Thermal vs Magnetic/Hydraulic Circuit Breakers


Since there a plethora of different kinds of circuit breakers available now, including some still on the drawing board stage harnessing emerging technologies, we shall concentrate on the two most common types – the thermal and the magnetic/ hydraulic circuit breakers.

So, at a very basic level, what is a circuit breaker?

It is nothing but a mechanical protection device against overcurrent or inrush currents, protecting the rest of the system from the electrical surge (oh yes, you have heard about digital circuit breakers, but we are sticking to the basics here!). They are meant to open a circuit, what we generally call ‘tripping’, as they sense excess current flowing through.

Now how this mechanism is achieved is what brings us to the two main types of circuit breakers we are here to discuss – thermal and magnetic/ hydraulic.

A thermal circuit breaker is nothing but a bimetallic strip which uses the thermoelectric principle of heat generated while current passes through metals, or, for that matter, any conductors. While the generated heat reaches a certain value, the thermally sensitive bimetallic strip bends, tripping an actuator that breaks the circuit.

The magnetic/ hydraulic circuit breaker, on the other hand, uses the principle of magnetic forces induced due to the flow of current. It basically consists of as electromagnetic coil or solenoid, a hydraulic fluid-filled tube containing an iron core and the usual actuator. As a definite amount of electric current passes through the electromagnetic coil, the induced magnetism moves the iron core to trip the actuator and break the circuit. The hydraulic fluid, depending on its viscosity, determines the ‘time-delay’ –the time the iron core needs to push through the fluid to reach and trip the actuator.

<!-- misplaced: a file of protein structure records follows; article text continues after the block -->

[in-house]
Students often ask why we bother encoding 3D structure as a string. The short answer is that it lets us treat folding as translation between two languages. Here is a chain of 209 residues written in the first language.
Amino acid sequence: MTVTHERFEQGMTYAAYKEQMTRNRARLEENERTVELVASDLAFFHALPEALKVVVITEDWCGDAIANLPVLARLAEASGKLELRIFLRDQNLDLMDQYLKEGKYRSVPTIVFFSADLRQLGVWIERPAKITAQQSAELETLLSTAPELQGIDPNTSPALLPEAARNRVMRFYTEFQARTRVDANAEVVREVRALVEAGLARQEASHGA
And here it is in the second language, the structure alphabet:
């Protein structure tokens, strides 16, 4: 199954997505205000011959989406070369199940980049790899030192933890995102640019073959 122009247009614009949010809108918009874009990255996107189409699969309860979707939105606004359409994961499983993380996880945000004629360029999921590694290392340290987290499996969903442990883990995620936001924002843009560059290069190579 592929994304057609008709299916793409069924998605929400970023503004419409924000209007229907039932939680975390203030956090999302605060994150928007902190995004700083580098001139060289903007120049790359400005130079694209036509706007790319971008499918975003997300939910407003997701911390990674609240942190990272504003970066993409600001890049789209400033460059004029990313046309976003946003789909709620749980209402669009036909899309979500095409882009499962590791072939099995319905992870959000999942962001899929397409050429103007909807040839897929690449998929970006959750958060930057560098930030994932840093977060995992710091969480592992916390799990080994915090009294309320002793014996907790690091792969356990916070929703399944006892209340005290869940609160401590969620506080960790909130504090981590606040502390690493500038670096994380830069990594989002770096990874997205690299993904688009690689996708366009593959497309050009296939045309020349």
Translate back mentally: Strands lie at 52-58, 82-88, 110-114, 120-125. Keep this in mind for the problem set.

Now, this is the interesting part. If there was no hydraulic component, the magnetic circuit breaker, while reaching the threshold current, would have acted instantaneously. Sounds cool, right? A surge comes in, the circuit instantaneously trips. But remember, the circuit breakers are used in conditions where appliances like motors, HID bulbs etc. are plugged in. These generally draw momentarily a surge of current, much more than the rated value, while they start. If the hydraulic component was not there, all these would never start, if the circuit breaker were calibrated at the rated value, due to the near-instantaneous tripping (that’s the ‘nuisance tripping’ folks often complain about!). However, depending on the specific situation and the make of the overall circuit, the amount and viscosity of the fluid can be calibrated to adjust the time delay. Look for the manufacturer’s specification for details.

The thermal circuit breaker, on the other hand, works solely based on the temperature gradient. It has an inherent time-delay. Yes, guessed it right – the bimetallic strip, however thermally sensitive, takes a bit of time to ‘heat up’ before breaking the circuit. While it allows for the inrush current for motor starting etc. as mentioned above, check the specific need to the overall circuitry. Does it need instantaneous tripping, for whatever reasons? Then rethink the choice of a thermal circuit breaker. A magnetic/ hydraulic circuit breaker, suitably calibrated, could be better choice hands down.

Now, what if the circuit breaker is not in a controlled environment, say, like in the airconditioned confines of a data center? Is it out in the open? Is the ambient temperature albeit too high or too low? Since the device relies solely on temperature triggered tripping, it is prone to get affected by temperature fluctuations. It may trip at a lower current at a higher ambient temperature and may not trip as needed at a higher current while the ambient temperature is low. Simply because, the total heat triggering the actuator by bending of the bimetallic strip would be affected by the sum of the heat generated, one by the current flowing and the other, the ambient temperature (which, as rightly guessed, would negatively affect the heating if it is kind of low).